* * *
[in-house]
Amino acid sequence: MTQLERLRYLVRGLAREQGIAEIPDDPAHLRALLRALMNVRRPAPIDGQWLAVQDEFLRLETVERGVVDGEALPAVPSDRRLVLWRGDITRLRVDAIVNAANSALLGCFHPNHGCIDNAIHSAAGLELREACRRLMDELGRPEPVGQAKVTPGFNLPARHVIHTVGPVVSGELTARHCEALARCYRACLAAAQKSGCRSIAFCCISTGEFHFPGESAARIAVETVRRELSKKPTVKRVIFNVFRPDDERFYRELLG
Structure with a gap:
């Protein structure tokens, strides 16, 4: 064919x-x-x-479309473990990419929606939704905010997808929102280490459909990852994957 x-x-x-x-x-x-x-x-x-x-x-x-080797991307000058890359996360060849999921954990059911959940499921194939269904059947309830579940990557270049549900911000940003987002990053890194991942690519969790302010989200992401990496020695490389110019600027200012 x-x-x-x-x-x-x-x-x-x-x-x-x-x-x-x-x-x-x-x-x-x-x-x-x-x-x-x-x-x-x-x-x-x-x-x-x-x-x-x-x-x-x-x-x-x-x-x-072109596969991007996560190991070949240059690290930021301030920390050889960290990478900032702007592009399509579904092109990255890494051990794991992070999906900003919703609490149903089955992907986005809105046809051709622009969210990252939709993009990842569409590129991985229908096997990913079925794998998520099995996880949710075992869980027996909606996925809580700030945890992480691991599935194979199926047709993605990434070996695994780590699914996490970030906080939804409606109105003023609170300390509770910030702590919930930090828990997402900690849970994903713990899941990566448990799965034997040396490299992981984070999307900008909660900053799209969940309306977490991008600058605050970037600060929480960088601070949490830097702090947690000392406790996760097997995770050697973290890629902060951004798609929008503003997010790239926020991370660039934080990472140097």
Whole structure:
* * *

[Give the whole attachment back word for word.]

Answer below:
[in-house]
Amino acid sequence: MTQLERLRYLVRGLAREQGIAEIPDDPAHLRALLRALMNVRRPAPIDGQWLAVQDEFLRLETVERGVVDGEALPAVPSDRRLVLWRGDITRLRVDAIVNAANSALLGCFHPNHGCIDNAIHSAAGLELREACRRLMDELGRPEPVGQAKVTPGFNLPARHVIHTVGPVVSGELTARHCEALARCYRACLAAAQKSGCRSIAFCCISTGEFHFPGESAARIAVETVRRELSKKPTVKRVIFNVFRPDDERFYRELLG
Structure with a gap:
């Protein structure tokens, strides 16, 4: 064919x-x-x-479309473990990419929606939704905010997808929102280490459909990852994957 x-x-x-x-x-x-x-x-x-x-x-x-080797991307000058890359996360060849999921954990059911959940499921194939269904059947309830579940990557270049549900911000940003987002990053890194991942690519969790302010989200992401990496020695490389110019600027200012 x-x-x-x-x-x-x-x-x-x-x-x-x-x-x-x-x-x-x-x-x-x-x-x-x-x-x-x-x-x-x-x-x-x-x-x-x-x-x-x-x-x-x-x-x-x-x-x-072109596969991007996560190991070949240059690290930021301030920390050889960290990478900032702007592009399509579904092109990255890494051990794991992070999906900003919703609490149903089955992907986005809105046809051709622009969210990252939709993009990842569409590129991985229908096997990913079925794998998520099995996880949710075992869980027996909606996925809580700030945890992480691991599935194979199926047709993605990434070996695994780590699914996490970030906080939804409606109105003023609170300390509770910030702590919930930090828990997402900690849970994903713990899941990566448990799965034997040396490299992981984070999307900008909660900053799209969940309306977490991008600058605050970037600060929480960088601070949490830097702090947690000392406790996760097997995770050697973290890629902060951004798609929008503003997010790239926020991370660039934080990472140097």
Whole structure: